"Medical Care is Changing"
By Capt. Fred Davis
Published: Friday, November 28, 2014

How many changes in the medical field can we expect? And — over what period of time will we be confronted with the changes?

I’m not claiming to be a doctor, pharmacist or even an insurance expert. All I’m saying is how can we keep up with all the changes? Everyone wants to blame it on Obamacare but many of the problems began before that locked in.

We are given a prescription by one doctor then told by another that the medication can cause a different problem — one that could prove to be fatal.

There was a time when antibiotics were the medication of choice. Today, we are told they destroy our immune system and we should avoid their use. We are than given a short-term, stronger dosage of an antibiotic.

There was a time when the average doctor told us, “Take two aspirins and call me in the morning.” Now, most doctors want to avoid aspirin use, claiming it causes internal bleeding.

Millions of dollars are spent studying medications (big pharma calls it R&D), only to discover later those medications would be harmful to many.

Why didn’t the discovery show up during the clinical trials? Maybe it did and those people participating were harmed so we never learned about it. Why do insurance companies not all cover the same medications? It’s always a surprise as you pick up your latest prescription to find out what the latest coverage is. Want to find out how you may react to the medication — pull out that fat pamphlet that takes up more room in the bag than the medicine. Be sure to have a magnifying glass handy for the incredibly small print. As you scan down, check out the bold printed statement under WARNING. It will usually say, “This medication may cause a number of new problems which could include death.” Doesn’t this really make you want to start popping those pills?

Another pleasant experience related to your disdain for big pharma is when you are patiently waiting in your doctor’s office waiting area and a drug representative walks right in pulling their big cart of goodies. You can always recognize them because they are dressed in the most expensive attire money can buy. Doctors should make them arrive by appointment (using the doctor’s timetable, not the reps). If an emergency arises and the doctor is running behind, they should have to wait — just like the rest of us.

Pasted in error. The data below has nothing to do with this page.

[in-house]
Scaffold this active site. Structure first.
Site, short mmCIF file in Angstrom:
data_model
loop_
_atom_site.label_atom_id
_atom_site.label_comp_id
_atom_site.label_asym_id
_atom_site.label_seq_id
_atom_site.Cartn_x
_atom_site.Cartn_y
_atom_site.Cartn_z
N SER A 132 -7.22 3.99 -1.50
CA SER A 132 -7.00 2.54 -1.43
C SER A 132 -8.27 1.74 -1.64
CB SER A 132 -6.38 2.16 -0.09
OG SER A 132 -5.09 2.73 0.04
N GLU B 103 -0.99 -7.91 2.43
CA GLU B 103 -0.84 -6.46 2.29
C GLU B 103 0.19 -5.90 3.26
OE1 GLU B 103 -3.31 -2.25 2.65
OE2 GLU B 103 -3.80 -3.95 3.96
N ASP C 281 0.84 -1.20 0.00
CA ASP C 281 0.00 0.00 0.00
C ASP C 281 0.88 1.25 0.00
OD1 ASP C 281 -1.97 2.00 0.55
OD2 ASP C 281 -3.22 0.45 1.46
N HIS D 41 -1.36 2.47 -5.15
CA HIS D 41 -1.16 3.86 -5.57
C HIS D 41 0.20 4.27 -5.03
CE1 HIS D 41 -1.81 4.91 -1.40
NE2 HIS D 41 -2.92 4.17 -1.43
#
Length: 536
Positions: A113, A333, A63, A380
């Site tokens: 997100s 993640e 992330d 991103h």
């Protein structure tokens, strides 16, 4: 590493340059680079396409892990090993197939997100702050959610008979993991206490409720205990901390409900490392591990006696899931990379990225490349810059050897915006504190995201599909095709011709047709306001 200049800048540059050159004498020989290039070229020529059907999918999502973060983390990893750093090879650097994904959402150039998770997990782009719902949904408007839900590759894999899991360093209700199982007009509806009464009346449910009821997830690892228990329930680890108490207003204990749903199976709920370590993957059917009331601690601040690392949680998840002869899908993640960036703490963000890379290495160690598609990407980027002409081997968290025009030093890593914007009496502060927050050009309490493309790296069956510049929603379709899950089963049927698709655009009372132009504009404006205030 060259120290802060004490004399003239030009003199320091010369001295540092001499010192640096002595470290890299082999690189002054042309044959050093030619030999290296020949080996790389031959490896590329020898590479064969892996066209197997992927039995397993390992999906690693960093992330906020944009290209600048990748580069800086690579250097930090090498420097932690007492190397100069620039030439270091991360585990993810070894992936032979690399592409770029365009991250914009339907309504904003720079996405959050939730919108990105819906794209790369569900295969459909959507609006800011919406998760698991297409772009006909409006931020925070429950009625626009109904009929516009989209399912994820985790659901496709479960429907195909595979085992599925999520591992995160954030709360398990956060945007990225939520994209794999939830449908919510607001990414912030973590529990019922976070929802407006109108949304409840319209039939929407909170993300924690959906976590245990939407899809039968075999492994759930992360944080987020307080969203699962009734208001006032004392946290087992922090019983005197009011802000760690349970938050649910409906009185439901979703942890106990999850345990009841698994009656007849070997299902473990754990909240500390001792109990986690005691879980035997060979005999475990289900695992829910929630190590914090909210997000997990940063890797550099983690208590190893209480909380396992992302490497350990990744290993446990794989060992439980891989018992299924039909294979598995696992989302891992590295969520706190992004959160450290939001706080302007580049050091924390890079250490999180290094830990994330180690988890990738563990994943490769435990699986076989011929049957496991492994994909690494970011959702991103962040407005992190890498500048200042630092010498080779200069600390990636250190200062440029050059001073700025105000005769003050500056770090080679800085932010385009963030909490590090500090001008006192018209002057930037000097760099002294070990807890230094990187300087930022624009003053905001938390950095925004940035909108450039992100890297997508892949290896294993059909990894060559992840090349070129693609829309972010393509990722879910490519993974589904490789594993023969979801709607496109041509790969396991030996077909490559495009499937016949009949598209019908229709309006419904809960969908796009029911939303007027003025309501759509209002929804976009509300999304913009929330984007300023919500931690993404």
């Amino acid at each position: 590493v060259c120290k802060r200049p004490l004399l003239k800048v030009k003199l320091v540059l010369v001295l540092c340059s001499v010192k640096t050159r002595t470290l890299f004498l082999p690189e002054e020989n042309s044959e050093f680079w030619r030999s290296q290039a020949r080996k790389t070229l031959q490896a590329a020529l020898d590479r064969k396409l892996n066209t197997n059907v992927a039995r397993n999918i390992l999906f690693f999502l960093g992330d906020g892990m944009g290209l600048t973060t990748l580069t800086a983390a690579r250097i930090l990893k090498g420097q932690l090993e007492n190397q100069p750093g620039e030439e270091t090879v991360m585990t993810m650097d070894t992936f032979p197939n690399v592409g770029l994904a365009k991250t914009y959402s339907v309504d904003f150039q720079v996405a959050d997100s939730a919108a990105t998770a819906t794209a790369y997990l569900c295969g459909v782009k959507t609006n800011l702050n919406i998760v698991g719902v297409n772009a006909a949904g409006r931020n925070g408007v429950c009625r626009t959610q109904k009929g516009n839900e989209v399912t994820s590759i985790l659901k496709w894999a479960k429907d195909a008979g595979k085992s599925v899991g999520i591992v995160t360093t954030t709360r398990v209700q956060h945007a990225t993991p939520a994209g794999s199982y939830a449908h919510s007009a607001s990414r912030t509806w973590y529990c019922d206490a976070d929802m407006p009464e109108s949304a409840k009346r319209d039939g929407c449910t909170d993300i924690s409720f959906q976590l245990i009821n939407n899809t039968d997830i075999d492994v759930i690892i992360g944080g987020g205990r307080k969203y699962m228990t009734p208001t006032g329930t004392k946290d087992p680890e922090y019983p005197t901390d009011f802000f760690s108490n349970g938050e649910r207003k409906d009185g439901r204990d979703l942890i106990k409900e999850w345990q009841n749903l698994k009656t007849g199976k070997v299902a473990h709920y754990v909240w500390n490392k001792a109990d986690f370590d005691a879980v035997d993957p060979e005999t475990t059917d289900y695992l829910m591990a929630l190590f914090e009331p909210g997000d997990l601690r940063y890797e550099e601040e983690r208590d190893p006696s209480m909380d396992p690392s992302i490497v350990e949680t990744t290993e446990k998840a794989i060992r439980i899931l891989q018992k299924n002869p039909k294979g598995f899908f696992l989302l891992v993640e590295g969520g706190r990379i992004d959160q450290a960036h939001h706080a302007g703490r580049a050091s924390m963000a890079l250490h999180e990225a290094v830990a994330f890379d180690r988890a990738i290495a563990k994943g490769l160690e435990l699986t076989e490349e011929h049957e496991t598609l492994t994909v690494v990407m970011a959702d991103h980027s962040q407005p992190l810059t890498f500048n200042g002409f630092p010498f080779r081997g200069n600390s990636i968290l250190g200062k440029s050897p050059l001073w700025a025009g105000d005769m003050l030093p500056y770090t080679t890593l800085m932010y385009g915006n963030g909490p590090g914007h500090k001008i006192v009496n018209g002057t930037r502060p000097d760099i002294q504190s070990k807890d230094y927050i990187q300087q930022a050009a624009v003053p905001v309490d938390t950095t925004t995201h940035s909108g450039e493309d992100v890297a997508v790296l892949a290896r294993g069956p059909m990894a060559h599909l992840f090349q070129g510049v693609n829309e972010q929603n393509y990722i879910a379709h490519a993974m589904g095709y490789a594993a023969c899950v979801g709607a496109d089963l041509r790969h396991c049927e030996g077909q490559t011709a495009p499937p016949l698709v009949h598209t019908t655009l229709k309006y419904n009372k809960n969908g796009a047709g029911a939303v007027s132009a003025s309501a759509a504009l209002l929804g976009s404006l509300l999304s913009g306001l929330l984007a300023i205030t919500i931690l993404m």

There also is a great variation in what surgeries are covered and where you can go to insure coverage. Even a simple shot or special treatment at the doctor’s office may not be covered. We would hope to be told the service is not covered but in the rush at most doctors’ offices this may not happen. I know there are web sites and pamphlets that explain what is covered. I also know they all contain double-speak, say one thing — do another. Companies change coverage all the time.

It’s always the insured’s responsibility to read polices each year to be certain the same protection is in force. We all encounter the same handicap while attempting to do this. Most are offered in tiny typeset (just like the prescription ones), to save them ink and paper presumably — or to discourage our reading them. Get that magnifying glass back out. If you do succeed in reading them, it will be with the aid of a medical dictionary to interpret all the words and phrases.

Without a doubt, the medical industry is surpassing all others for most expensive cost per recipient. Since the majority of patients are elderly, they are the most vulnerable and often abused. They become confused and fail to take the medications properly and often hesitate to see their health care providers.

One title associated with health care services I never understand is “non-profit.” I think Blue Cross is one of them. How could that be possible? I guess the same way one pill can cost $ 1,000, but if you go overseas to purchase it, it will be at least 50 percent less.

Yep, we are the best country in the world — that’s what all the marketing experts tell us. Yet, why can’t we take care of:

• Our veterans;

• Our Presidents safety;

• Our health care workers and patients exposed to Ebola;

• And saddest of all, our aging population who have earned, and paid for the right to expect good health care during their lifetimes?



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